Stormwater issues are a top priority for the United States Environmental Protection Agency (EPA) and many regulations have been created and revised to ensure that stormwater is properly managed, resulting in a safe, sustainable, and healthy environment.
The federal Clean Water Act mandates stormwater regulation through the National Pollutant Discharge Elimination System (NPDES), which issues permits authorizing stormwater discharges.
In Georgia, the Environmental Protection Division (EPD) issues NPDES permits to local governments, and industrial and construction entities. The permits require the holders to use the best management practices (schedules of activities, prohibitions of practices, operating and maintenance procedures, treatment requirements, and other practices) that prevent or reduce the discharge of pollutants into Georgia waters.
Operators of construction sites disturbing one acre or more (including smaller sites that are part of a larger common plan of development) must obtain authorization from the state to discharge stormwater under an NPDES construction stormwater permit and must follow erosion and sediment control measures, as outlined in the construction permit they receive from the City.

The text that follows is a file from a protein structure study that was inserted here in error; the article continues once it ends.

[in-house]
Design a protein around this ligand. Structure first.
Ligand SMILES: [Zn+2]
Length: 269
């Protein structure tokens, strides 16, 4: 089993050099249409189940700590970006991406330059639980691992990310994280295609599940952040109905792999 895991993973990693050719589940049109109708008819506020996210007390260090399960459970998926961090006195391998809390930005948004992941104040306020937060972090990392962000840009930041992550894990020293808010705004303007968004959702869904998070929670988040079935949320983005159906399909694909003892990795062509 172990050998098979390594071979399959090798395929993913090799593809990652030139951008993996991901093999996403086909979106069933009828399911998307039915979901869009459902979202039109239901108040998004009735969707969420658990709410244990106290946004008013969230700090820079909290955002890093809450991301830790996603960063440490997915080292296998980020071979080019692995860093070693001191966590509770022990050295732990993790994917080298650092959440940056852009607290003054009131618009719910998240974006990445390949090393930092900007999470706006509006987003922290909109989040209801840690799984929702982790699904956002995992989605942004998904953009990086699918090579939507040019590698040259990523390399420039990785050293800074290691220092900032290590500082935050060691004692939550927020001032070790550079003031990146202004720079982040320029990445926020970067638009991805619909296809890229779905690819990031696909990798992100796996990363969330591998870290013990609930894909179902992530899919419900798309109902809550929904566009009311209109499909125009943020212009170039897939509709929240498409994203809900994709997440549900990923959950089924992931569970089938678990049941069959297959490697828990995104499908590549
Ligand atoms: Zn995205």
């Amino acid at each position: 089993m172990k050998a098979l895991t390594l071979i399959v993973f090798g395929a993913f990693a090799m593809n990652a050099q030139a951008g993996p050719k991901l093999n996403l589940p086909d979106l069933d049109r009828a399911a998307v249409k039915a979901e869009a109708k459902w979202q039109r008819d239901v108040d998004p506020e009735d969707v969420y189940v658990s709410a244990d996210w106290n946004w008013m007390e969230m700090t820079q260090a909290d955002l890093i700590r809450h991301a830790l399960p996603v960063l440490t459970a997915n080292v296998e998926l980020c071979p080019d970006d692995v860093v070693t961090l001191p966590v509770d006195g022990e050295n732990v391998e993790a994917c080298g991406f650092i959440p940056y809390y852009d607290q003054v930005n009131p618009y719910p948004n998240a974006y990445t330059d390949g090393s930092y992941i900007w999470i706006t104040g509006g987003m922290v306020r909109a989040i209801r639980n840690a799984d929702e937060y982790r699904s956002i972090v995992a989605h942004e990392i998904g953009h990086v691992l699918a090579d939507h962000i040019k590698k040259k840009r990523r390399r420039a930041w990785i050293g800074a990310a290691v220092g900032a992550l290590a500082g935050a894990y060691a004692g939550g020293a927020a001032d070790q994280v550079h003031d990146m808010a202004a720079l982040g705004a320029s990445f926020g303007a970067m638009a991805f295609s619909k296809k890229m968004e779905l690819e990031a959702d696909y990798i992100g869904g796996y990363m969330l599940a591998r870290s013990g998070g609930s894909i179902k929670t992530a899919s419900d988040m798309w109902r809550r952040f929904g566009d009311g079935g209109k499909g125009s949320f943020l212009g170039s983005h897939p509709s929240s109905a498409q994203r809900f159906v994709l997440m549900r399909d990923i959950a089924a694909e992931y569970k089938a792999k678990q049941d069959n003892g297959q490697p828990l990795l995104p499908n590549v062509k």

Under the NPDES stormwater program, the City must request authorization from the state to discharge pollutants through its regulated MS4 municipal separate storm sewer system (roads, drainage systems, catch basins, curbs, and gutters designed for collecting and conveying stormwater).
To be authorized, the City must submit comprehensive permit applications to the state and develop a stormwater management program designed to prevent harmful pollutants from being washed by stormwater runoff into the MS4 (or from being dumped directly into the MS4), then discharged from the MS4 into local water bodies.
In addition, the City of Johns Creek must follow regulations from the Metropolitan North Georgia Water Planning District, which has developed regional and watershed specific plans for stormwater management, wastewater management and water supply and conservation in a 16-county area around metro-Atlanta. Local governments within the district are required to adopt the regulations and enforce them through a series of ordinances and design manuals.